(e) Weather service. This is a specialized task performed to provide timely and accurate environmental information to support strategic, tactical, and mobility operations. The Air Force weather service gathers, analyzes, and provides meteorological and exoatmospheric data for mission planning. Environmental information is essential in conducting both airspace and surface operations. The environmental information provided by the weather service directly influences the decision process for employing forces, including the selection of weapon systems, routes, targets, and delivery tactics.

6-12. Air defense artillery units.

a. Air defense is a combination of all active and passive measures to counter hostile air operations. In an insurgency, the hostile air threat may be minimal. In this case, consideration may be given to leaving air defense artillery (ADA) weapons in a rear staging area and using ADA personnel as additional security forces for the OSB. If this course of action is selected, the ground commander must recognize that an insurgency does not equate to a low intensity air threat. If ADA personnel are separated from their ADA weapons, even a minimal air attack could result in the destruction of friendly force units. Commanders must plan for such an attack by hostile or sympathetic forces.

b. When the guerrilla force has the potential to mount an air threat, or when an air threat exists, the ADA assets must maintain the capability to immediately react to an air threat. In a conventional counterguerrilla environment, the roles of ADA are along more conventional lines. (For further information on air defense operations integrated with infantry operations, see FM 44-1, FM 44-3, and FM 44-18.)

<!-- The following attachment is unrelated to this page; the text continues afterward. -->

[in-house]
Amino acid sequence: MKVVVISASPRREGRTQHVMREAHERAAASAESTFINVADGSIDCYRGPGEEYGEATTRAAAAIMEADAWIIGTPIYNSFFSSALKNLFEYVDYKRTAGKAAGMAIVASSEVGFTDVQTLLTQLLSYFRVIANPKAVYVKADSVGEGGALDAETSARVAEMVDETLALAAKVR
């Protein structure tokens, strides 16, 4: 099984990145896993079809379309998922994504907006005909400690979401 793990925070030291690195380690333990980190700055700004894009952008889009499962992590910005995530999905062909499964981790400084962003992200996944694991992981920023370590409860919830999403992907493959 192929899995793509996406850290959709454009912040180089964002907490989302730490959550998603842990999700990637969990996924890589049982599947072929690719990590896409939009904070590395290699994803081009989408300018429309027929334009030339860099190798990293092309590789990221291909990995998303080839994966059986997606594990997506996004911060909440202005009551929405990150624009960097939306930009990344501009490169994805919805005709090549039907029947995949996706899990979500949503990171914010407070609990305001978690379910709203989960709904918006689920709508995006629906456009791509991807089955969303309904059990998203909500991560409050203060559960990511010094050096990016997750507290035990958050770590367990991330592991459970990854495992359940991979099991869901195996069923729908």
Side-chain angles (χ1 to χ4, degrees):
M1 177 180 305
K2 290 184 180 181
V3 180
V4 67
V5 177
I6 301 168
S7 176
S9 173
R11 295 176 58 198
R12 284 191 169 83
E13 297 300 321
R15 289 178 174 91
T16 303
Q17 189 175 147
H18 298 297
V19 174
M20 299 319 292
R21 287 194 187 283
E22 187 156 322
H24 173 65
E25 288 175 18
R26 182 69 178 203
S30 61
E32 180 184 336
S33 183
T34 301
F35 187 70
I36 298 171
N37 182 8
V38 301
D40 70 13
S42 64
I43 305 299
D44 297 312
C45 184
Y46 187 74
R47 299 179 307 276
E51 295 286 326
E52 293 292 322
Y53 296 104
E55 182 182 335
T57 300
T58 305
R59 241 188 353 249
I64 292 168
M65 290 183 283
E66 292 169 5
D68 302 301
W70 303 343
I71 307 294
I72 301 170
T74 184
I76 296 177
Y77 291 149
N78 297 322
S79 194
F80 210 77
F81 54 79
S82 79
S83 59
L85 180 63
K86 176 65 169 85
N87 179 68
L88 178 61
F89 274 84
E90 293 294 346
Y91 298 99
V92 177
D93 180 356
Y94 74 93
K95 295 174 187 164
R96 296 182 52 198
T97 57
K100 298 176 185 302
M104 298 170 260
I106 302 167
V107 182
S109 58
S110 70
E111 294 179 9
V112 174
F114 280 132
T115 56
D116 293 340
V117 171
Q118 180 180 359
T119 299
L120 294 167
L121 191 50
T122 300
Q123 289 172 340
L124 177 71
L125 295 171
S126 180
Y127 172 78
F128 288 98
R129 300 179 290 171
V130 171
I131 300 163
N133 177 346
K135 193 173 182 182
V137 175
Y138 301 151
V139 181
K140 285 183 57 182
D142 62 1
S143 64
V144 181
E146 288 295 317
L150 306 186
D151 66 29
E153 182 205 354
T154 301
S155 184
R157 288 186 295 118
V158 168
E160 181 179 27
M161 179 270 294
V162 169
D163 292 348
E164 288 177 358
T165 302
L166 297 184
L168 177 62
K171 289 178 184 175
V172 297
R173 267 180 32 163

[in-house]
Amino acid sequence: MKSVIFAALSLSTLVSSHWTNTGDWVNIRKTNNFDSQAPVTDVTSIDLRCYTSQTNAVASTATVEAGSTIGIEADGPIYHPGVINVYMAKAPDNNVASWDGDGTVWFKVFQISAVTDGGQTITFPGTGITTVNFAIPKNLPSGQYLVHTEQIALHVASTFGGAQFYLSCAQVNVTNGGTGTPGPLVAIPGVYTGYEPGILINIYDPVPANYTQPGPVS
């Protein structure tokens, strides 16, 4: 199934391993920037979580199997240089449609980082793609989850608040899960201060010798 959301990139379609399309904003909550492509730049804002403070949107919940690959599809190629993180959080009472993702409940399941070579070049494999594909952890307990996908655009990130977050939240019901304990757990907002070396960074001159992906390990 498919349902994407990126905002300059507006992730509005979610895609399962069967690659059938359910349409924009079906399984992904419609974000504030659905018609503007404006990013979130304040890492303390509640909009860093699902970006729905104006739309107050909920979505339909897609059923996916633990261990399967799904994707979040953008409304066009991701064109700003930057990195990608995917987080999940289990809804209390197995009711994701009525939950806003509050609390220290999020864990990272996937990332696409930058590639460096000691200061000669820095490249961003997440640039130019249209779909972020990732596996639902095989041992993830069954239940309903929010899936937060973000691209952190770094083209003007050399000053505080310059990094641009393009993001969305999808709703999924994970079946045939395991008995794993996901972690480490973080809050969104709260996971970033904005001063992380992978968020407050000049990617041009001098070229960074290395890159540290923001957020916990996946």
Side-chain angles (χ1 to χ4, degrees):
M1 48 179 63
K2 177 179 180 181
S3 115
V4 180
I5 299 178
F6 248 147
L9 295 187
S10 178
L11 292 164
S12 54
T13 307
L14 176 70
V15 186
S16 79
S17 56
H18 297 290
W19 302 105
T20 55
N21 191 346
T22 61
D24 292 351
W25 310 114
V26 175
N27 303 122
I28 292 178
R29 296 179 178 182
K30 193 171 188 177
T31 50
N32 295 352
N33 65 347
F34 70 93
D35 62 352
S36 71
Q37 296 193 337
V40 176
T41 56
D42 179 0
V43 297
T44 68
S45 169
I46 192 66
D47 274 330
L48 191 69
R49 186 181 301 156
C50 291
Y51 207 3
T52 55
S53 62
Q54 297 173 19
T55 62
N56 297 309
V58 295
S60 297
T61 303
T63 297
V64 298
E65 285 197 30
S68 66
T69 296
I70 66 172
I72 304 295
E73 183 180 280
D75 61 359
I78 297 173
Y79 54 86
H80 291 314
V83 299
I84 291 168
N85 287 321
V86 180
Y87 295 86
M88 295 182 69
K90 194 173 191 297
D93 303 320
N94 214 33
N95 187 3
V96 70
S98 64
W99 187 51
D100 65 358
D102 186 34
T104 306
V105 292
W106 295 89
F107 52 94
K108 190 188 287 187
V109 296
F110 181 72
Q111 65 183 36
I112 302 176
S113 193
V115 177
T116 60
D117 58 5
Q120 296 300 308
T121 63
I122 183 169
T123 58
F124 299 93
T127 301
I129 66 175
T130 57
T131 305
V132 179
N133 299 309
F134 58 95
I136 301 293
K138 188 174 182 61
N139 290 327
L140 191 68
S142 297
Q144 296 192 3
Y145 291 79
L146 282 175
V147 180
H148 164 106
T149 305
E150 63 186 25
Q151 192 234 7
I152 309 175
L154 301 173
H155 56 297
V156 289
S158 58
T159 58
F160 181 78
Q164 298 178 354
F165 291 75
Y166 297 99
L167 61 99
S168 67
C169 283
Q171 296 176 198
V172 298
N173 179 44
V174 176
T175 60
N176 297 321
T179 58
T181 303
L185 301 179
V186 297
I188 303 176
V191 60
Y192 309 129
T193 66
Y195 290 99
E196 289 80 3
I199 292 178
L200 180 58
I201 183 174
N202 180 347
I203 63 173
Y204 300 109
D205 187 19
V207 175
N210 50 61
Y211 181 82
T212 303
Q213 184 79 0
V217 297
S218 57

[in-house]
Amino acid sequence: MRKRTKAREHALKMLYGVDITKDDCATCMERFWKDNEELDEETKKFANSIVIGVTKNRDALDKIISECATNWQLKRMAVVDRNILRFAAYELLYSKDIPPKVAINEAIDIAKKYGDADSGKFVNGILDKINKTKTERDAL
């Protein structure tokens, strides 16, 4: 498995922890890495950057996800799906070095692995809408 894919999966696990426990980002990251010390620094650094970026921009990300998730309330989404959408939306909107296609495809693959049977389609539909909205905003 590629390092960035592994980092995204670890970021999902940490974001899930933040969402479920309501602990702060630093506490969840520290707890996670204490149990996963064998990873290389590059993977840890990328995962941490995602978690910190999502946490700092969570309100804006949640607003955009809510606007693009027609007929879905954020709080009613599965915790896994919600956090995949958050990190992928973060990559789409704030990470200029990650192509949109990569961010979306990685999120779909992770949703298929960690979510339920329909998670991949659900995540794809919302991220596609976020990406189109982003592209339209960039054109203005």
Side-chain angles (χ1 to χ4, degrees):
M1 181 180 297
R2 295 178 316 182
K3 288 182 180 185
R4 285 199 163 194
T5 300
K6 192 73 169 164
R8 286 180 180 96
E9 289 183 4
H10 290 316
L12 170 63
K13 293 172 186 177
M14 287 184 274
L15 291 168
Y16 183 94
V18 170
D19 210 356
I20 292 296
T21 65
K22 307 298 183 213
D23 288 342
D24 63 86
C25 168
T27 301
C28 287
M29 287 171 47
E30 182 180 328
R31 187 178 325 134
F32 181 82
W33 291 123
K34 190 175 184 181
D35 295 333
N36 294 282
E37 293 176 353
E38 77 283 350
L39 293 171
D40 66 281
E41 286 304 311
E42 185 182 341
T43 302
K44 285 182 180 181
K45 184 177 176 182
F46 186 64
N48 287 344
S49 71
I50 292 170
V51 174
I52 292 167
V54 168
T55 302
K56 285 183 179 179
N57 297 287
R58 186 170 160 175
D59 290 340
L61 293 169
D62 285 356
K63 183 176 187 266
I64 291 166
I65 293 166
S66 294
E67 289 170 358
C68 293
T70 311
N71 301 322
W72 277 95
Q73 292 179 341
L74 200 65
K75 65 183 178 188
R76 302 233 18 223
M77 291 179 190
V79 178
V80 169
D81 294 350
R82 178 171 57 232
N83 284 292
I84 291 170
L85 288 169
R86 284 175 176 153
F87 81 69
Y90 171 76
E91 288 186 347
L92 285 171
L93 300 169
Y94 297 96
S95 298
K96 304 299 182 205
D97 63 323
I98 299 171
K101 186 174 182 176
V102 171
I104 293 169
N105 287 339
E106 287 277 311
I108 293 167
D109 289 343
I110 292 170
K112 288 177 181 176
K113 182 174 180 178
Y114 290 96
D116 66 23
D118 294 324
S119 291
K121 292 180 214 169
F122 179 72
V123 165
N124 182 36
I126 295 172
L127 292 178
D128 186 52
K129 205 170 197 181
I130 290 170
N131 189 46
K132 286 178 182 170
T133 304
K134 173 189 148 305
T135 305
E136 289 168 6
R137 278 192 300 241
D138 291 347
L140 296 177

6-13. Military intelligence.

a. Intelligence at the tactical level is of prime importance in counterguerrilla operations. MI elements organic to units conducting counterguerrilla operations are CEWI battalions at division level, and staff sections at brigade and battalion level.

b. Because of the decentralized nature of counterguerrilla operations, portions of the divisional assets are usually attached to brigades, which may in turn attach elements down to the battalions. The tactical MI assets coordinate their efforts with the existing intelligence operations (either host country or US) in their area.

c. Division level MI assets are not capable of long-term, area-oriented intelligence production without echelons above division support and assistance. However, they are capable of short-term collection and production efforts in support of the immediate tactical operation.

d. The tactical MI element has two missions that are conducted simultaneously. The first is to collect, process, and analyze intelligence information. There are two categories of information which are important to combat commanders: combat information and intelligence. Combat information is raw data that can be used for fire and maneuver decisions as received without further processing, interpretation, or integration with other data. Combat information is seldom developed above battalion level and is a component part of intelligence. Intelligence is data requiring some form of validation, integration, and comparison with other data (or analysis) before it can be used or fully exploited.